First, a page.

Posted inNews & Politics

Hogging the Wealth

alex.qxd Harold Henderson’s article “Money Hogs” (May 2) was a great addition to the growing number of articles on corporate hog factories. Chicagoans are gradually learning what’s happening 200 miles to the south of them, and what this industry looks like. The corporatized wealthy taking over rural America is not new. It’s been going on […]

Posted inNews & Politics

Diversey Harbor Defense

donnary.qxd Dear editor, I would like to add a few comments on the article regarding the changes made at Diversey Harbor [“Ships of Fools?” May 9]. As was pointed out, these changes have been discussed for over two years now. The harbor in its old condition caused many of the problems Ms. Breckenridge addressed. The […]

Posted inMusic

Denny Zeitlin & David Friesen

DENNY ZEITLIN & DAVID FRIESEN Denny Zeitlin leads a Jekyll-and-Hyde life–psychiatrist by day, jazz pianist and composer by night–and when it comes to noting the parallels between personae, I’m powerless to resist. Zeitlin’s music is mentally agile, makes subtle suggestions, and succeeds through analysis; the ideas almost always arise from and reflect upon earlier statements. […]

Posted inArts & Culture

Below the Belt

Below the belt, Frump Tucker Theatre Company, at the Athenaeum Theatre. Richard Dresser has a savage eye, and I love him for it. No other living playwright captures quite so well the hopelessness and desperation that lies just below the surface of contemporary American life. In Below the Belt Dresser turns his caustic eye on […]

Posted inNews & Politics

City File

Corporate strangeness. When Com Ed encourages customers to sign up for its automatic bill-payment plan, the envelope lists all the things you might do with the time you save not writing a check: “Watch a musical. Take skiing lessons. Climb a hill. Start a fire.” Pity the poor suburbanites. Madeleine Doubek, political editor of the […]

Posted inMusic

Easley Blackwood

EASLEY BLACKWOOD It was at an Easley Blackwood recital in the early 80s that I was won over to Ives’s Concord Sonata, that massive, daunting, naively avant-garde statement by the Yankee iconoclast. Blackwood’s performance (now available on the Cedille label) brought coherence to the Concord’s seemingly stream-of-consciousness outpourings, underscored its sly humor, and suffused it […]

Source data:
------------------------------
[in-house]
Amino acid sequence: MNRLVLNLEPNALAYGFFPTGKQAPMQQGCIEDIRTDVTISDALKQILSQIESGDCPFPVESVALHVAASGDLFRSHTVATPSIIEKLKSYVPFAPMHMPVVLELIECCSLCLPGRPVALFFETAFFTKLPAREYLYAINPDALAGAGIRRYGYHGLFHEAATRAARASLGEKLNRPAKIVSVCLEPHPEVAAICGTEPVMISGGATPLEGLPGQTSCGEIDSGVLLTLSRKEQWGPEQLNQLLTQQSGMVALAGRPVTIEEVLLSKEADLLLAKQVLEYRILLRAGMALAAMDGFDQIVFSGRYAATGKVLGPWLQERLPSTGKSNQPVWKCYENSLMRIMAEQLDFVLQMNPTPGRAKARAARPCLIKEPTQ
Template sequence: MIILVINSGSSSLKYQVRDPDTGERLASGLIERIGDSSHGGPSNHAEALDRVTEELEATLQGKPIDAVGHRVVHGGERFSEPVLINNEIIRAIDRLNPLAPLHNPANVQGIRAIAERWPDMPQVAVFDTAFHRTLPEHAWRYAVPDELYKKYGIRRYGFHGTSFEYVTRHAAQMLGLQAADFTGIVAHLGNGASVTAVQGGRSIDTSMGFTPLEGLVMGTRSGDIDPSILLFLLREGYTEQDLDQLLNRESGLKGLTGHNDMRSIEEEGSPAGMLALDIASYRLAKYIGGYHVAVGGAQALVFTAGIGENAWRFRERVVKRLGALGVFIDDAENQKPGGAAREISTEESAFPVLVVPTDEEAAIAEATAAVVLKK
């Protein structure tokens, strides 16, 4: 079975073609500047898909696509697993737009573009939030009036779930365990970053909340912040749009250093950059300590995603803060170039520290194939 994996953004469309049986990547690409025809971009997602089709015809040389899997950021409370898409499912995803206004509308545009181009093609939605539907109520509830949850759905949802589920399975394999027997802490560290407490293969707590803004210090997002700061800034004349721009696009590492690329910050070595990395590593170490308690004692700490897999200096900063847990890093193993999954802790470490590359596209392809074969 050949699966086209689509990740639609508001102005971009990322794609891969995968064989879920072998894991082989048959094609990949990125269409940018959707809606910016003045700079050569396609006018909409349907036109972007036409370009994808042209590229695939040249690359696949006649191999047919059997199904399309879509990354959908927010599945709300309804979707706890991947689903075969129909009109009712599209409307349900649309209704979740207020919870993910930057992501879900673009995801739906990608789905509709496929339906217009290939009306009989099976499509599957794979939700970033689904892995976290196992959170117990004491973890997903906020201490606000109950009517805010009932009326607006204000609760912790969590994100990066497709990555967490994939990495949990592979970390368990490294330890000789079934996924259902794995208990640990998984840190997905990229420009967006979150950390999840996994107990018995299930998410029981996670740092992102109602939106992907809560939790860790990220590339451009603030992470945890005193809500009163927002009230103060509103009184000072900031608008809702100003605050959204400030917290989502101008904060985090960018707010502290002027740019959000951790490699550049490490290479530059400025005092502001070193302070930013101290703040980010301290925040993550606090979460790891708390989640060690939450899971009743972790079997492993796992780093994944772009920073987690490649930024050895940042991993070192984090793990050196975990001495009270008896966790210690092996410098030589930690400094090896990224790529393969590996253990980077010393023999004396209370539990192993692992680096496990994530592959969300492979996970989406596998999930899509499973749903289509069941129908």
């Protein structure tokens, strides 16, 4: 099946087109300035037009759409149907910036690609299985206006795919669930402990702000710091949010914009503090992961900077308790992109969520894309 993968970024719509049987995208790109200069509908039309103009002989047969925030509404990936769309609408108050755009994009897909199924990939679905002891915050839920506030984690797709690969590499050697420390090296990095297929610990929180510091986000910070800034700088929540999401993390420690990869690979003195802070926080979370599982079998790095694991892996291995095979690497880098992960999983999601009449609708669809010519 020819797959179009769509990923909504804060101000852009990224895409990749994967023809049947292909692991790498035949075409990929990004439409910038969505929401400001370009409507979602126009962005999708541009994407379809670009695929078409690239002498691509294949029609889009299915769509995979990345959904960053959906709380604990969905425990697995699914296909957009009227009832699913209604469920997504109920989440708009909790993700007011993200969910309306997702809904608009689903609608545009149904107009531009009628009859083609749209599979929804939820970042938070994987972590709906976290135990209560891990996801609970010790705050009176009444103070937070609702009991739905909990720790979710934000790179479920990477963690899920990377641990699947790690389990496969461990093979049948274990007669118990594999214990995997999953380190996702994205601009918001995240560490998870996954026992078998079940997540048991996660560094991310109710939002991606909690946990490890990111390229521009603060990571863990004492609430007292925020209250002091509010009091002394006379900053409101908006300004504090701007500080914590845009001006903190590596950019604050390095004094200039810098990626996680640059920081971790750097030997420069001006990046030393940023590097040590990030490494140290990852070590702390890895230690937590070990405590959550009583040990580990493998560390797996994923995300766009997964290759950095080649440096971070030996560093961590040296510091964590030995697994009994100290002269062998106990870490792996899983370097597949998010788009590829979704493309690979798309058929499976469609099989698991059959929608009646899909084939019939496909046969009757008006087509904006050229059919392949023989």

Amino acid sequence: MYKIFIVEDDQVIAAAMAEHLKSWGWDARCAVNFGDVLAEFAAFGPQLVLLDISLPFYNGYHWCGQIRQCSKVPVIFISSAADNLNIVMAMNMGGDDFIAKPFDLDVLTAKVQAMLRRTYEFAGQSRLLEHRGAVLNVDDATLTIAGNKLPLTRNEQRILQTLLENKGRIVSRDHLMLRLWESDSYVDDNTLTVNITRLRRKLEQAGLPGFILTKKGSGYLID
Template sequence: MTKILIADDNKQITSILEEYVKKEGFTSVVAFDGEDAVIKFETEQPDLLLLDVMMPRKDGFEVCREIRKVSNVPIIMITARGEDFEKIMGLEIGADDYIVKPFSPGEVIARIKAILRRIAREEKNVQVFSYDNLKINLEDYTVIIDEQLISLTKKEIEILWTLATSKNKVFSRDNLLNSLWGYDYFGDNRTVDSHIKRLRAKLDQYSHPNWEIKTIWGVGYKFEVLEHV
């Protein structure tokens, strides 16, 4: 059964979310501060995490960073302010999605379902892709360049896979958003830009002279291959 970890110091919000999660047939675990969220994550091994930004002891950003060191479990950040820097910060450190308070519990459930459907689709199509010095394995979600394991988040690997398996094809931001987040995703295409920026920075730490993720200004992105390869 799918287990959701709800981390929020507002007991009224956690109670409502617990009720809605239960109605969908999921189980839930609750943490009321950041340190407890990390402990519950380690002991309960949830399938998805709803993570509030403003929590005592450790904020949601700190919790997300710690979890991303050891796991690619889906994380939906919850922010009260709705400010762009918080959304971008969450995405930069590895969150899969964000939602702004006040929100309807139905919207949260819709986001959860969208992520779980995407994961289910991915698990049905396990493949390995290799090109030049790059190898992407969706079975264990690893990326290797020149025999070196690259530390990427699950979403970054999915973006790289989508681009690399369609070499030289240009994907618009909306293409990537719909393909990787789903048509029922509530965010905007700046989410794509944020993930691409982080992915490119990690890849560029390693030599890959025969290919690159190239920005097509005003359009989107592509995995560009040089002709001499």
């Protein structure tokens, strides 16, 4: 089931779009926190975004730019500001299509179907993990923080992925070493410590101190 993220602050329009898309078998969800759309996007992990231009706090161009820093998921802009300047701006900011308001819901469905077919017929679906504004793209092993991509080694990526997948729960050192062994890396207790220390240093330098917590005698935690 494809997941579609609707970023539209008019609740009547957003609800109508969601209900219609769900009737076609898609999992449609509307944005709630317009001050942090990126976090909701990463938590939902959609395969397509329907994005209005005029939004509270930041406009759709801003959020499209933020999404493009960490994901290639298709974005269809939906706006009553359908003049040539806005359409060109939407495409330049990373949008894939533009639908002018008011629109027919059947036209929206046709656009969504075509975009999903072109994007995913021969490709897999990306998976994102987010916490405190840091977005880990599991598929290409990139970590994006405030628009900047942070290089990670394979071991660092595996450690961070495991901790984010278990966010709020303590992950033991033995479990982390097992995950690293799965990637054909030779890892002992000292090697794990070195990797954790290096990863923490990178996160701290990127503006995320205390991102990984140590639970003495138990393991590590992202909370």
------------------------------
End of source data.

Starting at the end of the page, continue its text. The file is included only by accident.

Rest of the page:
Posted inNews & Politics

Straight Dope

Why does the U.S. dollar bill have the image of a pyramid with an eye in the capstone? Someone told me that it has something to do with a shadow society that secretly rules the country. If they’re so secret why would they be so obvious about their insignia? I want the straight dope–that is, […]

Posted inArts & Culture

Out of Spite:Tales of Survival in Sarajevo

OUT OF SPITE: Tales of survival in sarajevo, Stage Left Theatre. The diary format, with its inherently discursive structure, isn’t particularly well suited to drama, but this collection of letters and journal entries by Elma Softic, a journalist and philosophy instructor, effectively demonstrates the quotidian struggles of those living under siege in Sarajevo. Adapted from […]

Posted inArts & Culture

Home

Home, Cook County Theatre Department. An eerie glow and a pixielike voice emanate from a toilet bowl, asking two sisters to look for a lost “tiny-tiny” dog. A fisherman recites an exhaustive list of fish, asking the girls which they prefer. Later the sisters recall a roadside freak show featuring the “smallest woman in the […]